Posts Tagged ‘artifacts

08
Aug
11

Panny af100 / af101 flat picture style for cinematic look

Update, august 11: detail settings altered – see note below

In addition to my previous article, here is our latest picture style recipe (“Scene file”) for the AF101.

We are currently in preproduction phase for our upcoming feature production “I miei geni”, a Dutch/Italian coproduction. We’ve rounded off a few days of test-shoots with our cameras, including the AF101 and we have settled for one definitive scene file.

Marvels Film cine-style profile for AF100/101:

  • Operation type:
    • FILM CAM
  • Rec. Format:
    • 1080/24P
  • Synchro Scan:
    • 180.0d
  • Detail level:
    • -6
  • Vertical detail level:
    • -6
  • Detail coring:
    • -4
  • Chroma level:
    • -4
  • Chroma phase:
    • -2
  • Master ped:
    • -2
  • Gamma:
    • Cine-Like-D
  • Matrix:
    • Norm2
Remarks:
  1. We have corrected the chroma phase to reduce a magenta hue we experienced using the Norm2 matrix.
  2. Updated august 11: Detail is dialed down to -6 instead of -7. The threshold of actually seeing electronic sharpening artifacts in the picture when zoomed in at 200% lies around the -5. I would personally not go higher as -4 at all times.  Panasonic has confirmed that -7 equals “detail off” on the AF101. Keep it at -6 or -7 for cine-style production. 
  3. Updated august 11: Coring does smooth-out noise in the image, but also all high frequency detail. The coring mechanism is not able to distinguish between noise and fine detail, such as strands of hair or fine patterns on leaves. If you deliberately want a smooth-skin-plastic-video-image though, dial this setting up… For your peace of mind: the coring setting is less effective when detail is dialed down to -4 as we do. After talking to Panasonic, we have adjusted coring in our picture style to -4, to have it “eat up noise” in the blacks and low IRE regions only. Panasonic techies advise to keep coring two points above the detail value.
  4. If you are concerned about noise in the image: don’t be! This profile is very low noise, but – and this might sound strange – not too low-noise thanks to the low coring setting. Too little noise in the image enhances the visibility of so-called “banding”, “solarization” or “posterization” in gradients. This (and all sub $10k cameras on the market today) are 8 bit cameras (4:2:2 color, having only 256 chroma levels). Masking banding artifacts in digital images (from both digital cameras and digitally scanned 35mm film) is done by adding noise! This might sound strange indeed, but this is common practice with all the prominent editing and grading facilities in the industry, for years already. So making the image even cleaner in-camera or during post can emphasize the 8-bit banding artifacts. The gradient is “broken up” (and less smooth) by the introduction of “obstacles” in the image (like  noise), forcing the imaging mechanism to calculate multiple gradients within one gradient, resulting in a perceptually smoother image.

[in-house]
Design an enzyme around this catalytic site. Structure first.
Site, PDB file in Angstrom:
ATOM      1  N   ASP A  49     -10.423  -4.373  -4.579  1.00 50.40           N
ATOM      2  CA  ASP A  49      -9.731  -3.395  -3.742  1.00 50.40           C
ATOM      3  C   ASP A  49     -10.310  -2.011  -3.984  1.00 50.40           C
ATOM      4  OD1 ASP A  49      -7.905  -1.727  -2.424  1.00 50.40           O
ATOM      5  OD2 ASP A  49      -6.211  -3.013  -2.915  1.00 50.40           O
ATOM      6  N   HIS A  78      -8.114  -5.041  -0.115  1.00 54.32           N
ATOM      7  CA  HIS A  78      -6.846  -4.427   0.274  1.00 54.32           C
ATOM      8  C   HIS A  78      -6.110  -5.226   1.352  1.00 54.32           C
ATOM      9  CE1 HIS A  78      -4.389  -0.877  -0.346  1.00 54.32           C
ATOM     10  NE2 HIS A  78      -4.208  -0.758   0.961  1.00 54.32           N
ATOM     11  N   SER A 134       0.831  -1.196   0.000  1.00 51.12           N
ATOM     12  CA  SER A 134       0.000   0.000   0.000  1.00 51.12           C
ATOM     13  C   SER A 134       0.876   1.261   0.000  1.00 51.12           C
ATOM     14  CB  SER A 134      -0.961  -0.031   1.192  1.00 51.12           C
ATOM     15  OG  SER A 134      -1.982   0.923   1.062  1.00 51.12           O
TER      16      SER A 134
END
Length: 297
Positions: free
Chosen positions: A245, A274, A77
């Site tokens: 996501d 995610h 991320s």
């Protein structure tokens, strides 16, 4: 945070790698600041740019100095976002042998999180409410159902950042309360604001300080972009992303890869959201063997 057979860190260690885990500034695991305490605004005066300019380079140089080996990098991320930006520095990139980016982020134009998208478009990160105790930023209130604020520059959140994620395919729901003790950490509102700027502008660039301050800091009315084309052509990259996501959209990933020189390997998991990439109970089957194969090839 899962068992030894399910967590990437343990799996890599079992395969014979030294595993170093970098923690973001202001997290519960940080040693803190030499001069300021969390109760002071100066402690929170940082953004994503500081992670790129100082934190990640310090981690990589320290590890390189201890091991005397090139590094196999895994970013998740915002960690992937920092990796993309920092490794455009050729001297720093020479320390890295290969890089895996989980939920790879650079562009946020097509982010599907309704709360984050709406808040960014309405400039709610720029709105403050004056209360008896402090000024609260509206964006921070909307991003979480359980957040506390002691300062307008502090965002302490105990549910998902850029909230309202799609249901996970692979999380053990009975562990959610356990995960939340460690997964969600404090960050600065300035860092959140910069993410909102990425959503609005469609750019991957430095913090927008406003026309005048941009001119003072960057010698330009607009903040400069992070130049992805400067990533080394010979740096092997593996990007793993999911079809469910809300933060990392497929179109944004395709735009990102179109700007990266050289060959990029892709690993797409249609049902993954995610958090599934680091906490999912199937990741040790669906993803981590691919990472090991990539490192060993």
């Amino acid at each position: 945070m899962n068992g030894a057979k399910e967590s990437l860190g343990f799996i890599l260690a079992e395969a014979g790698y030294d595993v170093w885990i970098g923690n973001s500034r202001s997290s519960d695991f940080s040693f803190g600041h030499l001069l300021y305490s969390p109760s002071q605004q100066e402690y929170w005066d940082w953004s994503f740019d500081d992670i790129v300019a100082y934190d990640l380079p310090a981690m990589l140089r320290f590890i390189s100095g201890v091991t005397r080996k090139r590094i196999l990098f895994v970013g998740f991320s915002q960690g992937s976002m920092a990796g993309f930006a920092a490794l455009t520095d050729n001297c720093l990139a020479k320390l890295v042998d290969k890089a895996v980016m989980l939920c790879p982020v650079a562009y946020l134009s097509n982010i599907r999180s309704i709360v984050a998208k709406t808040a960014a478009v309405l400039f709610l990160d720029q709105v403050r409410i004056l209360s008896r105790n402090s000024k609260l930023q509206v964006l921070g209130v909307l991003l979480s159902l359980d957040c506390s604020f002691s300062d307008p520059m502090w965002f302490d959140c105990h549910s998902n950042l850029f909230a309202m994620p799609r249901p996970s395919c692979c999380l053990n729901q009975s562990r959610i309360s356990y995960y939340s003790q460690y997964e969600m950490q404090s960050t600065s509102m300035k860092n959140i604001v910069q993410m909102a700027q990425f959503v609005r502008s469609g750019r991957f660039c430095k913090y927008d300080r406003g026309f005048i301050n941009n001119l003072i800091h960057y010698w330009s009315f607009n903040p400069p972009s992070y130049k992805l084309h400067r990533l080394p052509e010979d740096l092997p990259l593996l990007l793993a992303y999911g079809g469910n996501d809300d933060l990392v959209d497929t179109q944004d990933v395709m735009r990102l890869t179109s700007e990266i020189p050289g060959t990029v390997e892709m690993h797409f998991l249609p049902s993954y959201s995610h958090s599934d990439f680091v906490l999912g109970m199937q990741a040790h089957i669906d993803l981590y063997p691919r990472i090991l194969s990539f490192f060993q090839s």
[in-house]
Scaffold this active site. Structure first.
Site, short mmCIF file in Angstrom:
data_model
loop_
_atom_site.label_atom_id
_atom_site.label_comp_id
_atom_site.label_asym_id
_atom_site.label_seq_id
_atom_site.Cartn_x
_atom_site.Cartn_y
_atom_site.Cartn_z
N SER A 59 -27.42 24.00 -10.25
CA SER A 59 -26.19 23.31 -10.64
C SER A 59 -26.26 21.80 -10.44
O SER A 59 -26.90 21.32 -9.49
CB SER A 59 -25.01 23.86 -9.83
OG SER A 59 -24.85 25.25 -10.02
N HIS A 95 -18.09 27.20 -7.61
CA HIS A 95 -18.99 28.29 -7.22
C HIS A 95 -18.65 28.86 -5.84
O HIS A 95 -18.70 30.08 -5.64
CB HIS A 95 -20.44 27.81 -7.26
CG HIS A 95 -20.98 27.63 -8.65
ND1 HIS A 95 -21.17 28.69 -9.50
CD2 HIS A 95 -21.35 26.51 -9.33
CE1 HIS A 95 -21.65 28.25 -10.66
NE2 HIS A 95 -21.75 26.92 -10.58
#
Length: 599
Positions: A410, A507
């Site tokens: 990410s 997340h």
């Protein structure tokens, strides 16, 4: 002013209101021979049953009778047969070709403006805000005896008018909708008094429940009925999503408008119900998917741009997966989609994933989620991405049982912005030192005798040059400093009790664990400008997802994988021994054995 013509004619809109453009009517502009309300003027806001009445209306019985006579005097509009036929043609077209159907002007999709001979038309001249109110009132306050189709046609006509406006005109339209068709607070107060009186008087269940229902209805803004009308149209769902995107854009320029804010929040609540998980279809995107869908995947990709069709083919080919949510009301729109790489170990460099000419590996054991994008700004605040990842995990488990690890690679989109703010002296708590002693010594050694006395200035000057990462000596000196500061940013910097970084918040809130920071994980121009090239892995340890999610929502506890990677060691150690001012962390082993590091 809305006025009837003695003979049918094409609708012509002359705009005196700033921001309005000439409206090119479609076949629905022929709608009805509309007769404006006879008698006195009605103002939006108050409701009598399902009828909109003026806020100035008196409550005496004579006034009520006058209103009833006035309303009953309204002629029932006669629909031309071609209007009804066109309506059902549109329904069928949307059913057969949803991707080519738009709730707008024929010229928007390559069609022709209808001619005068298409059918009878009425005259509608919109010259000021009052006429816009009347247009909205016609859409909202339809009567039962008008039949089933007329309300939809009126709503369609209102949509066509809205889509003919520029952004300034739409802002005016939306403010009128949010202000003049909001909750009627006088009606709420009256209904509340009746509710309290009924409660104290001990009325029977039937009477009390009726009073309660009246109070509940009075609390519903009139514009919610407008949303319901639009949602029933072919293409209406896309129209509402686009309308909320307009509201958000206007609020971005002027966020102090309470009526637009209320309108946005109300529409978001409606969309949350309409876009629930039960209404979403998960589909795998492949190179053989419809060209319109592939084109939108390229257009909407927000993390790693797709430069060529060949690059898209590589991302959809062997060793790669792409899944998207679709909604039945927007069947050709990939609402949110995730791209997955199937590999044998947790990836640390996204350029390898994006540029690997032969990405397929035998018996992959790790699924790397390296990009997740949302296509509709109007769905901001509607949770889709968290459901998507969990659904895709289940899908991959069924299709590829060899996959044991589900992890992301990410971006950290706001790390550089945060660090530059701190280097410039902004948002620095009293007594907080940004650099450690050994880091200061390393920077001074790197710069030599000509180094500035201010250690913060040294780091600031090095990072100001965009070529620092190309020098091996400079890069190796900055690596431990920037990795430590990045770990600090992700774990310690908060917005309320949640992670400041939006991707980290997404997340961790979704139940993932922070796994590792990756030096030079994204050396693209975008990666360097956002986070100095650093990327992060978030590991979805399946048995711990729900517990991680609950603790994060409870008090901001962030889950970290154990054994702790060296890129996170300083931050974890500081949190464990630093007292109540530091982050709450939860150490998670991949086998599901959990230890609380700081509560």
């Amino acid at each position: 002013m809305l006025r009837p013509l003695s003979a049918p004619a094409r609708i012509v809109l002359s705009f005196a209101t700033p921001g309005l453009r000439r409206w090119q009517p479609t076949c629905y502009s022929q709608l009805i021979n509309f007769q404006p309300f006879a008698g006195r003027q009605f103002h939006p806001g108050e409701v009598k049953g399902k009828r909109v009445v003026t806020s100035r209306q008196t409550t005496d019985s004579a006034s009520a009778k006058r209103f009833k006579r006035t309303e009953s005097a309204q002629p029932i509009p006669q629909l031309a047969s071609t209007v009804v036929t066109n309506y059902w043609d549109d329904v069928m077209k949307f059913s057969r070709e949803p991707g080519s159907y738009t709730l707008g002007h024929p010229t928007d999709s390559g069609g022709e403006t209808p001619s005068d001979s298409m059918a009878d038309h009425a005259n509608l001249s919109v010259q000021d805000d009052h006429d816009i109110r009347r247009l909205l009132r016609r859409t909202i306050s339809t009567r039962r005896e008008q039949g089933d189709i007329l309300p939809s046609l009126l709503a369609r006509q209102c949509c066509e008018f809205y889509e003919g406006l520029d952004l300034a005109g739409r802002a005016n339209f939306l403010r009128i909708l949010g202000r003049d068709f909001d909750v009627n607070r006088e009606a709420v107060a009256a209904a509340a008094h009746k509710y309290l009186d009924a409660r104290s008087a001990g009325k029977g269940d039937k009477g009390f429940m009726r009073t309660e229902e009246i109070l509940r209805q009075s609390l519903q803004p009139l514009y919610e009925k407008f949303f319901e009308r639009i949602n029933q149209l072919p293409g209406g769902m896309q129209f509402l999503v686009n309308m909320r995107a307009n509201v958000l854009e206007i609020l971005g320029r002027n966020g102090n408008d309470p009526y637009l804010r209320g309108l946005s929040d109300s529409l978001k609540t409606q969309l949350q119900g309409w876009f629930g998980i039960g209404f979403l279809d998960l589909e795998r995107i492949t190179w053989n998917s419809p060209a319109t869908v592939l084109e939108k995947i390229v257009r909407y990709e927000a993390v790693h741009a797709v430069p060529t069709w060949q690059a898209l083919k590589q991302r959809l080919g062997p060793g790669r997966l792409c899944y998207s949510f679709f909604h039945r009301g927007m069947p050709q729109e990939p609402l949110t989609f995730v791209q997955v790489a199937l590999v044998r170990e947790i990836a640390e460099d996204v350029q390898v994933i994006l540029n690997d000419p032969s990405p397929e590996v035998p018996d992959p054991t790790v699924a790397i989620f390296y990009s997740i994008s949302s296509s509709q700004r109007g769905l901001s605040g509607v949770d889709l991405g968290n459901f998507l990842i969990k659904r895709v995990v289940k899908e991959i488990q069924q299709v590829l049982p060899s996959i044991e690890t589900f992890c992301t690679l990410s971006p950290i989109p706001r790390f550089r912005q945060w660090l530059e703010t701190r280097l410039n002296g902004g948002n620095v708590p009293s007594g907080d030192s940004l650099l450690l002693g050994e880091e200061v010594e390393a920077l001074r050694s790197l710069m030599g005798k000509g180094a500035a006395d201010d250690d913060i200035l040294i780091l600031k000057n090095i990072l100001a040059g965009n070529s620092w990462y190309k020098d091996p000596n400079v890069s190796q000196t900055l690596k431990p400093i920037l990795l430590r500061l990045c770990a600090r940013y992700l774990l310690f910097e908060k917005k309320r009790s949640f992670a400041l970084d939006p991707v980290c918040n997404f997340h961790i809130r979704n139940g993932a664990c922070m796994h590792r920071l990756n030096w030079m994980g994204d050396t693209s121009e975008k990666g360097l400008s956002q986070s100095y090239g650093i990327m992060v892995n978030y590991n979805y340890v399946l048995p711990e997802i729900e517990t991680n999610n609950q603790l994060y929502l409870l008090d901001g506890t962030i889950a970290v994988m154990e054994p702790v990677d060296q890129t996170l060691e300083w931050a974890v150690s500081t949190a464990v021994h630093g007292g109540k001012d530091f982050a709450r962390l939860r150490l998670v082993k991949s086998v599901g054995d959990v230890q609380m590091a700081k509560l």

5. Update: If you use the Cine-D gamma setting, you should consider lighting the scene following old-school film practice: 55IRE max on faces! You will probably apply a curve to the picture, or adjust contrast and/or gamma in post -> kicking up the middle range up to around 70IRE again. Lighting caucasian skin over 55IRE with Cine D will result in problems if levels are lifted in post.
Cheers to you all, and special thanks to Jorgen Escher (http://colorbyjorg.wordpress.com) for his explanation of the coring and banding technology.
Martin Beek
Twitter: @martinbeek
http://www.martinbeek.net
IMDb: http://imdb.me/martinbeek
17
Feb
11

WOW! Now available: DSLR anti-moire filter for FCP! Free download!

This guy never seizes to amaze me!!! (three exclamation marks)

Jorgen Escher has released his DSLR anti-moire filter plugin for Final Cut Pro within 48 hours after me writing him about my recent micro-moire problems.

This is revolutionary! This valuable and amazing piece of work has LITERALLY saved me a LOT of money AND my a*se! I can’t tell you how happy i am after running my recent test footage through this filter. Phew… relieved…!

Read about (and download) this new plugin from Jorgen’s blog at http://colorbyjorg.wordpress.com

He is giving it away for free – nada -, but there is a 10 dollar donation button on the page; i say: use it! It’s worth the ten bucks! If it would’ve cost a 100 bucks, i’d bought it without hesitation!

Martin.




twitter.com/martinbeek

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